When all is said and done, Antisocial Behaviour isn't that bad, at least compared to what we usually face here. It's easy to imagine how this same plot would have played out if it was an American movie. The main character would have hacked the teens to death with an axe while stumbling through a rant about how he's God's messenger and he has to kill the demons, and someone would inevitably be killed by being hit with their friend's disembodied head. As it stands, however, most of the violence is not that disproportionate. The hooligans start off as minor annoyances, but they prove themselves to be real jackasses who frankly get what's coming to them. Jakob is crazy, but he's not cartoonishly crazy, nor does he pull off feats of superhuman strength or Bond villain-level ingenuity through the power of his own rage. While some of the murders are a little over the top, his actions are all retaliations against wrongs being done to him and the people he cares about, and they are all fairly within the realm of possibility.
That being said, this movie still sucks. This movie would have sucked no matter what. If Sir Lawrence Olivier himself came back from the dead to play Jakob, with John Barrymore as Hooligans 1-47, it would still basically boil down to Get Off My Lawn: The Movie. It's not about execution, it's about premise. Start with a lousy premise, and you're going to end up with a lousy movie. A movie that revolves around a guy whose supposed loneliness and psychosis make him totally unrelatable killing a bunch of people who don't even have names is never going to grab the audience, even if it is pulled off perfectly. Which this is not. The way it is written, there is only about fifteen minutes of actual movie to be found in Antisocial Behaviour. Man has run-in with punks, punks trash man's house, man kills punks, man gets into ultimately pointless life-and-death struggle with friend. All the rest is filler, and Vinson Pike knows it. That's why he pads this thing like a sixth-grader's bra. The flashbacks, Jakob cleaning up his house, Jakob moving the bodies from the cellar to the attic, the random motorist - all of these are long, boring, space fillers. Do we need to see the same damn flashback to Jakob's childhood that has no bearing on the events in the present day over and over and over again? We do if this movie is going to be stretched to ninety minutes.
On top of the thin premise, this movie is dragged down by inconsistency. For instance, the blood in the flashbacks and in the first murder scene (with the drunk who falls into the fountain) is actually pretty good, if a little unrealistically abundant. It's definitely better than I've seen in countless other movies with similarly small budgets. It actually has the color and consistency of - get this - blood. But this noteworthy achievement is all but forgotten by the last third of the movie, when it becomes a steady challenge not to roll your eyes as hooligan after hooligan is killed in an incredibly violent, yet puzzlingly blood-free fashion. And what was the deal with the public bathroom scene, when Jakob's fecal matter looked like melted licorice had been smeared all over the bowl. And I do mean "all over." They didn't have any problem coming up with a convincing dookie when Jakob found one in his bathtub. On the other hand, I do have to give it to the people behind Antisocial Behaviour for making it through a whole movie that includes a car being blown up and people being burned alive without resorting to crappy CG effects that look like something a spastic with arthritis would make in Mario Paint.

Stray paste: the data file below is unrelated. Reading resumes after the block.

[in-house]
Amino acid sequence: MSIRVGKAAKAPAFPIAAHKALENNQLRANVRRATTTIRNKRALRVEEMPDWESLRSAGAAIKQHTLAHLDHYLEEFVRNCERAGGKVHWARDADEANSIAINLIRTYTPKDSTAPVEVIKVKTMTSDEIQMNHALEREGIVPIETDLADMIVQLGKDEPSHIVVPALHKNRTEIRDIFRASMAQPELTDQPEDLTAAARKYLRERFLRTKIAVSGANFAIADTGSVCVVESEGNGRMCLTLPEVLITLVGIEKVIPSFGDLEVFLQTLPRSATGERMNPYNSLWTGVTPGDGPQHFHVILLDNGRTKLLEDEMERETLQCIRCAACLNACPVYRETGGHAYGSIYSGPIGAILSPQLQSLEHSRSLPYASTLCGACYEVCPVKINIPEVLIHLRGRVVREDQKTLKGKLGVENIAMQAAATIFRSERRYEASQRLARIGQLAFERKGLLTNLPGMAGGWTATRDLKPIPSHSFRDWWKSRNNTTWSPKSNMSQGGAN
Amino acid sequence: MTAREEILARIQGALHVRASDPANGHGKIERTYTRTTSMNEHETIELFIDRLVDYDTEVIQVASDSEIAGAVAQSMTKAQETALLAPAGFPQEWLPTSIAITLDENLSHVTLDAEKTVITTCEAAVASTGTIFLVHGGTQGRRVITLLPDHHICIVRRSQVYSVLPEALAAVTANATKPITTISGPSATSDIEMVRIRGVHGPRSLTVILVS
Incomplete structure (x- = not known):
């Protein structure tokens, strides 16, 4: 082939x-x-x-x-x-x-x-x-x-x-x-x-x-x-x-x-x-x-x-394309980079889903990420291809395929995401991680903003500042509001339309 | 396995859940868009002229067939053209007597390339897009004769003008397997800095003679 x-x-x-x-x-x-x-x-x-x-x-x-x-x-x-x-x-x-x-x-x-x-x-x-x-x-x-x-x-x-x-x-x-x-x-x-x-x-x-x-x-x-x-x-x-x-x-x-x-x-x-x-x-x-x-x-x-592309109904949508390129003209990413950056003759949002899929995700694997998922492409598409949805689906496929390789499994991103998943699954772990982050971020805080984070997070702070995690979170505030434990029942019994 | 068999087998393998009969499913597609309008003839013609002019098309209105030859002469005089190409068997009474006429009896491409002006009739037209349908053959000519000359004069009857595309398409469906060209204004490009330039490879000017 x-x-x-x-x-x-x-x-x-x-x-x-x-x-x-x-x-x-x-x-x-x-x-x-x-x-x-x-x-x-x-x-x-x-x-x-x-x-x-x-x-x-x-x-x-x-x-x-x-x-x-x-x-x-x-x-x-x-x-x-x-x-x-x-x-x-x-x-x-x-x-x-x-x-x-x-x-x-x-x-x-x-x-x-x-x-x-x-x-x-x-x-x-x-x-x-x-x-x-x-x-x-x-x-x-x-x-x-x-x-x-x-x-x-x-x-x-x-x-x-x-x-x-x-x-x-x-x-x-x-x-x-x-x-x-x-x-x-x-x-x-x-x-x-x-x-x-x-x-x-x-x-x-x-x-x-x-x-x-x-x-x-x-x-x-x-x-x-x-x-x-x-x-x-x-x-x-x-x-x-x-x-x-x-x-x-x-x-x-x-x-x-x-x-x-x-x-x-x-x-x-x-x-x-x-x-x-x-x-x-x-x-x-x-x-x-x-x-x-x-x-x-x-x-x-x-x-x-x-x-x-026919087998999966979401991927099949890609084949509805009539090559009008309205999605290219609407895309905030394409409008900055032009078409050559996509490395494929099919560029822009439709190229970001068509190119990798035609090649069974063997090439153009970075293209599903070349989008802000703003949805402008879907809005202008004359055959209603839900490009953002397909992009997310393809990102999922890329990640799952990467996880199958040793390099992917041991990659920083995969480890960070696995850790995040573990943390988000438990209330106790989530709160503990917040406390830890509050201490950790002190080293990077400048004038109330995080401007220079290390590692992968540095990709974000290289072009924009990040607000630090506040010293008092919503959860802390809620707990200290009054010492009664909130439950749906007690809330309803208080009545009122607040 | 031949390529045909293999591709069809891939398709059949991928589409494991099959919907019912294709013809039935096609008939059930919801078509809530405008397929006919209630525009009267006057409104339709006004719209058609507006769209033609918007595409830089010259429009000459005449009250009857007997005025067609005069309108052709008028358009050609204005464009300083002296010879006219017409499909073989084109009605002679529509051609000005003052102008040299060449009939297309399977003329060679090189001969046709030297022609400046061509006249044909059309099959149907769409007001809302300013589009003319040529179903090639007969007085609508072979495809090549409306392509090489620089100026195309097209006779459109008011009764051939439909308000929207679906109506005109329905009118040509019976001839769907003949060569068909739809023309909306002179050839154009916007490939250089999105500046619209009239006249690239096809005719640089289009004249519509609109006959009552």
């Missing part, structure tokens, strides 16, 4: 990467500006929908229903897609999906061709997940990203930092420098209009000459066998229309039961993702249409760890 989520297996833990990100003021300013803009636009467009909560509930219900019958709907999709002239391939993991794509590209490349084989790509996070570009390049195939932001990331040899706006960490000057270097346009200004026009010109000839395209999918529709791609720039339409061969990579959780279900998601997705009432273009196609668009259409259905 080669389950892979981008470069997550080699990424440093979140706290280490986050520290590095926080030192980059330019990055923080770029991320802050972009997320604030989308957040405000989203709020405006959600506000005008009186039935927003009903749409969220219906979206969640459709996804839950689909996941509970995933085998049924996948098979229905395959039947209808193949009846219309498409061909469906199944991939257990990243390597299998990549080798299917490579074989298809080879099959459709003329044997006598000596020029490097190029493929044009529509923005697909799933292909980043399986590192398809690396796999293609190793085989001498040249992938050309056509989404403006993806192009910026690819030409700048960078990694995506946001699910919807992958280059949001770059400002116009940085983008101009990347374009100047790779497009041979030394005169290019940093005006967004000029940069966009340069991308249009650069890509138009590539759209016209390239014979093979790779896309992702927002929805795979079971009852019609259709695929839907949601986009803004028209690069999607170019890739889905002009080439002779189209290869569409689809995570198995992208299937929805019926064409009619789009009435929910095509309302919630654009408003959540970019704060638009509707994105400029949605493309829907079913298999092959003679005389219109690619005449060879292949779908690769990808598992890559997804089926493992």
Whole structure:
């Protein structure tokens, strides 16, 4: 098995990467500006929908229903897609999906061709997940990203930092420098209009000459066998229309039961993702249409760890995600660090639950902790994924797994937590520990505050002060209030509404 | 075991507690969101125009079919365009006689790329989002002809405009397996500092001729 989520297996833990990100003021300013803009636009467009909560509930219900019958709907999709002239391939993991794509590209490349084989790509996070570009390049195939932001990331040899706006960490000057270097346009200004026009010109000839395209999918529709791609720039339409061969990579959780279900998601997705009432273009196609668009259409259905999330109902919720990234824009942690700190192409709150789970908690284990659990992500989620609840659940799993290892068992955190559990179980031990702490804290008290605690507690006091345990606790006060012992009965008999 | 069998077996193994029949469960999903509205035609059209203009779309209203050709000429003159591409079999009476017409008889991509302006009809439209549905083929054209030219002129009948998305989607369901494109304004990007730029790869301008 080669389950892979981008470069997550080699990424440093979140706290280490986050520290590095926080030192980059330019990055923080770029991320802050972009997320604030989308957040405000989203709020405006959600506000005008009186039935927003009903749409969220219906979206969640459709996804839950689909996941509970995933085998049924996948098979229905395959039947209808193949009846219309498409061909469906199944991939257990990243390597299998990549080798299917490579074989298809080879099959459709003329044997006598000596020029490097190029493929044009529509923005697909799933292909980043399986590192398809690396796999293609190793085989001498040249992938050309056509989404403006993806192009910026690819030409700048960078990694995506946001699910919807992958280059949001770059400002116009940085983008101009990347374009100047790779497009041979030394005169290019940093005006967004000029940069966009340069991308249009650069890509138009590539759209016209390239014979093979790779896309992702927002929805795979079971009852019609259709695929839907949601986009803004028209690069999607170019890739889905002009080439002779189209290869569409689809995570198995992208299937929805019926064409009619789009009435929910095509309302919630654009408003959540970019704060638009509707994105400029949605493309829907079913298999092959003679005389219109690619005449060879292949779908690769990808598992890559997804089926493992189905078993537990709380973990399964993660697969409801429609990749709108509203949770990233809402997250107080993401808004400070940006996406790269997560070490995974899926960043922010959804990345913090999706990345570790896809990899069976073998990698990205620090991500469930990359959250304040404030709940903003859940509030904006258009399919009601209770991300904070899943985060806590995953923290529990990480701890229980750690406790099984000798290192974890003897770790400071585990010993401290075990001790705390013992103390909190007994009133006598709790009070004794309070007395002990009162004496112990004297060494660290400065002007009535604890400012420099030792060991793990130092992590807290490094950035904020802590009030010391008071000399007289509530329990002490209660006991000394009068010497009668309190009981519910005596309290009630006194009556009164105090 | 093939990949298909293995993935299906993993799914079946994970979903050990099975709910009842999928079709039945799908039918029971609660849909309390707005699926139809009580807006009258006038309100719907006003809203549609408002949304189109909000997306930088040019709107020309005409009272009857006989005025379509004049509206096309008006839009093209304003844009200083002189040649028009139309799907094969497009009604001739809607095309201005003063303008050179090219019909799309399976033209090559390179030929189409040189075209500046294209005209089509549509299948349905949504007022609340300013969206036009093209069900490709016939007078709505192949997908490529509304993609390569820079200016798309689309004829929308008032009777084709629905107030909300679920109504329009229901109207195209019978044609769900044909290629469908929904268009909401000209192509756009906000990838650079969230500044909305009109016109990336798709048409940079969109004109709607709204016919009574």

Of course, the real problem caused by Vinson Pike's inconsistencies comes at the end of the movie. The whole final act is nothing but events that could have been prevented if Jakob had just put the rest of the bodies in the car before he burned it, an move that seems like it would be entirely within Jakob's mental and physical capabilities. Then we get this chase-fight-conversation animal between Jakob and Debbie, resulting in two slow deaths. We are supposed to be stunned by the irony that if either of them had heard the other out, or taken a moment to think about what they were doing, they could have both avoided their untimely deaths. With Jakob bleeding to death in the attic, conscious but trapped, and Debbie bleeding to death downstairs, free but knocked out, they both die due to their own impatience and inability to communicate. It is supposed to be tragic. It is supposed to make you think. Instead, you end up scratching your head and thinking, "Wait, the burning car was really that insignificant?" That is because there is so little effort put into making these characters human that it's impossible to feel any connection to their little predicament, especially when there are so many plot holes demanding your attention. Antisocial Behaviour is the product of some really decent talent, and they make quite a bit from a tiny budget. Unfortunately, it is weighed down by taking itself way too seriously, so all that effort goes to waste. In conclusion, it is bad, but a classy, British sort of bad.